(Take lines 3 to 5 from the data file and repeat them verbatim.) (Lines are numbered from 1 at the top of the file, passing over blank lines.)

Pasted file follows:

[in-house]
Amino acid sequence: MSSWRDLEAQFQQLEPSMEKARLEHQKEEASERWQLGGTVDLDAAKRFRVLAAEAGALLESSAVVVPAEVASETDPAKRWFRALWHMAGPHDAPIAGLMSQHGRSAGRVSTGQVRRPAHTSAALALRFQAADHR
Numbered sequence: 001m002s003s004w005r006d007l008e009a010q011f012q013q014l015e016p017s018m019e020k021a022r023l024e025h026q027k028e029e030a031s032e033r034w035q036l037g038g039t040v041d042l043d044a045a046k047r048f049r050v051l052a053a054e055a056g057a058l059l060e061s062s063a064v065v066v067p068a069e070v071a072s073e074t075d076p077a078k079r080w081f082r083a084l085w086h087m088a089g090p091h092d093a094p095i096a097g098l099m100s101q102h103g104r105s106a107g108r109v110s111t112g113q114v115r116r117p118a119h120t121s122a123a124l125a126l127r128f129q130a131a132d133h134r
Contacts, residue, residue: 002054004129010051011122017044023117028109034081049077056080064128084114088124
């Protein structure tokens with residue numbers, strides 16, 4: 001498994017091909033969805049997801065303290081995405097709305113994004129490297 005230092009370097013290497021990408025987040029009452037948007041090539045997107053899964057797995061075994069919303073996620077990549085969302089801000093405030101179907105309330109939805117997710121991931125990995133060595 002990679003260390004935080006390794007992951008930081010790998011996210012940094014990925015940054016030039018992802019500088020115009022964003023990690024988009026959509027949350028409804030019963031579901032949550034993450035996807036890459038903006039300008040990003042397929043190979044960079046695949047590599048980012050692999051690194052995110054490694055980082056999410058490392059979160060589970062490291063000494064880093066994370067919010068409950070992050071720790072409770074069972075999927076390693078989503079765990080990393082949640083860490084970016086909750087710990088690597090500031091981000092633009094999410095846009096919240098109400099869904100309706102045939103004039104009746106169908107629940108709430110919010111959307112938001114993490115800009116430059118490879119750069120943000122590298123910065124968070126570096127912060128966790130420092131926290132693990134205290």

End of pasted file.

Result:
Numbered sequence: 001m002s003s004w005r006d007l008e009a010q011f012q013q014l015e016p017s018m019e020k021a022r023l024e025h026q027k028e029e030a031s032e033r034w035q036l037g038g039t040v041d042l043d044a045a046k047r048f049r050v051l052a053a054e055a056g057a058l059l060e061s062s063a064v065v066v067p068a069e070v071a072s073e074t075d076p077a078k079r080w081f082r083a084l085w086h087m088a089g090p091h092d093a094p095i096a097g098l099m100s101q102h103g104r105s106a107g108r109v110s111t112g113q114v115r116r117p118a119h120t121s122a123a124l125a126l127r128f129q130a131a132d133h134r
Contacts, residue, residue: 002054004129010051011122017044023117028109034081049077056080064128084114088124
């Protein structure tokens with residue numbers, strides 16, 4: 001498994017091909033969805049997801065303290081995405097709305113994004129490297 005230092009370097013290497021990408025987040029009452037948007041090539045997107053899964057797995061075994069919303073996620077990549085969302089801000093405030101179907105309330109939805117997710121991931125990995133060595 002990679003260390004935080006390794007992951008930081010790998011996210012940094014990925015940054016030039018992802019500088020115009022964003023990690024988009026959509027949350028409804030019963031579901032949550034993450035996807036890459038903006039300008040990003042397929043190979044960079046695949047590599048980012050692999051690194052995110054490694055980082056999410058490392059979160060589970062490291063000494064880093066994370067919010068409950070992050071720790072409770074069972075999927076390693078989503079765990080990393082949640083860490084970016086909750087710990088690597090500031091981000092633009094999410095846009096919240098109400099869904100309706102045939103004039104009746106169908107629940108709430110919010111959307112938001114993490115800009116430059118490879119750069120943000122590298123910065124968070126570096127912060128966790130420092131926290132693990134205290």